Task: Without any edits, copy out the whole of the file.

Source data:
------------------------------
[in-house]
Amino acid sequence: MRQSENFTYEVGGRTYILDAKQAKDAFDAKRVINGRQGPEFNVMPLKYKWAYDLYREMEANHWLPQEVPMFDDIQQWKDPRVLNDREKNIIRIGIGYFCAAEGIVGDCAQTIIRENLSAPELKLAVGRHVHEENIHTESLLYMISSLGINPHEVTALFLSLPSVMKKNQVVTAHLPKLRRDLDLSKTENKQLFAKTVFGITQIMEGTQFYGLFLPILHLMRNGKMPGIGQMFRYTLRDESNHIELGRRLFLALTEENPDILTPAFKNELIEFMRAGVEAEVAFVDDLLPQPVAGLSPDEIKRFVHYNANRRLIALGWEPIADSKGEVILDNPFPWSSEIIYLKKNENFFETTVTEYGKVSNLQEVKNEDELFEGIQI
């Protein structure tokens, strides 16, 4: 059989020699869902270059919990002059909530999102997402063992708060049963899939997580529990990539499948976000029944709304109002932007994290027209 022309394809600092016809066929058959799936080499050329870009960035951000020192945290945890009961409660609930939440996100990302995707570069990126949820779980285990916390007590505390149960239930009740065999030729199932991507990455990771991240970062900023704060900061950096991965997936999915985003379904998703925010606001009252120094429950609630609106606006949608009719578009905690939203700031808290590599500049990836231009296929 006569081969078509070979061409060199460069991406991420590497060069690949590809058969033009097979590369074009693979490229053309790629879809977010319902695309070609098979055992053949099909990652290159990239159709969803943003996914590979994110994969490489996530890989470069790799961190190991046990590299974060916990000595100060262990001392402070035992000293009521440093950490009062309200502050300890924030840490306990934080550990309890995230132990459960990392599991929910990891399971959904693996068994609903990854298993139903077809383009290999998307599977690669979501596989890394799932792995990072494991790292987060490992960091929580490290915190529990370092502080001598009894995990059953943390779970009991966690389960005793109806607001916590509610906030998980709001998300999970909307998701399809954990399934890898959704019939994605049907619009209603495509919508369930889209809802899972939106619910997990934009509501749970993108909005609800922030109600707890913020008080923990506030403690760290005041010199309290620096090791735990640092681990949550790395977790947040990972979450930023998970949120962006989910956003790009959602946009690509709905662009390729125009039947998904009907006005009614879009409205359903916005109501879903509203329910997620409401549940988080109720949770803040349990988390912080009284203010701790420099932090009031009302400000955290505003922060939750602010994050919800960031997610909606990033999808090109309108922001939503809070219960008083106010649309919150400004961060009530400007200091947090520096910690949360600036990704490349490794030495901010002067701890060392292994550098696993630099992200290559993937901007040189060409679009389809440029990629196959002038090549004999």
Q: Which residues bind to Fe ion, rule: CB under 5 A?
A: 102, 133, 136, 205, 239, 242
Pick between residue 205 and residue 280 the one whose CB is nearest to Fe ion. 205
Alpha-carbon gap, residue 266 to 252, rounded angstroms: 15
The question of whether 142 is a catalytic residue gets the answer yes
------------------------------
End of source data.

[in-house]
Amino acid sequence: MRQSENFTYEVGGRTYILDAKQAKDAFDAKRVINGRQGPEFNVMPLKYKWAYDLYREMEANHWLPQEVPMFDDIQQWKDPRVLNDREKNIIRIGIGYFCAAEGIVGDCAQTIIRENLSAPELKLAVGRHVHEENIHTESLLYMISSLGINPHEVTALFLSLPSVMKKNQVVTAHLPKLRRDLDLSKTENKQLFAKTVFGITQIMEGTQFYGLFLPILHLMRNGKMPGIGQMFRYTLRDESNHIELGRRLFLALTEENPDILTPAFKNELIEFMRAGVEAEVAFVDDLLPQPVAGLSPDEIKRFVHYNANRRLIALGWEPIADSKGEVILDNPFPWSSEIIYLKKNENFFETTVTEYGKVSNLQEVKNEDELFEGIQI
């Protein structure tokens, strides 16, 4: 059989020699869902270059919990002059909530999102997402063992708060049963899939997580529990990539499948976000029944709304109002932007994290027209 022309394809600092016809066929058959799936080499050329870009960035951000020192945290945890009961409660609930939440996100990302995707570069990126949820779980285990916390007590505390149960239930009740065999030729199932991507990455990771991240970062900023704060900061950096991965997936999915985003379904998703925010606001009252120094429950609630609106606006949608009719578009905690939203700031808290590599500049990836231009296929 006569081969078509070979061409060199460069991406991420590497060069690949590809058969033009097979590369074009693979490229053309790629879809977010319902695309070609098979055992053949099909990652290159990239159709969803943003996914590979994110994969490489996530890989470069790799961190190991046990590299974060916990000595100060262990001392402070035992000293009521440093950490009062309200502050300890924030840490306990934080550990309890995230132990459960990392599991929910990891399971959904693996068994609903990854298993139903077809383009290999998307599977690669979501596989890394799932792995990072494991790292987060490992960091929580490290915190529990370092502080001598009894995990059953943390779970009991966690389960005793109806607001916590509610906030998980709001998300999970909307998701399809954990399934890898959704019939994605049907619009209603495509919508369930889209809802899972939106619910997990934009509501749970993108909005609800922030109600707890913020008080923990506030403690760290005041010199309290620096090791735990640092681990949550790395977790947040990972979450930023998970949120962006989910956003790009959602946009690509709905662009390729125009039947998904009907006005009614879009409205359903916005109501879903509203329910997620409401549940988080109720949770803040349990988390912080009284203010701790420099932090009031009302400000955290505003922060939750602010994050919800960031997610909606990033999808090109309108922001939503809070219960008083106010649309919150400004961060009530400007200091947090520096910690949360600036990704490349490794030495901010002067701890060392292994550098696993630099992200290559993937901007040189060409679009389809440029990629196959002038090549004999």
Q: Which residues bind to Fe ion, rule: CB under 5 A?
A: 102, 133, 136, 205, 239, 242
Pick between residue 205 and residue 280 the one whose CB is nearest to Fe ion. 205
Alpha-carbon gap, residue 266 to 252, rounded angstroms: 15
The question of whether 142 is a catalytic residue gets the answer yes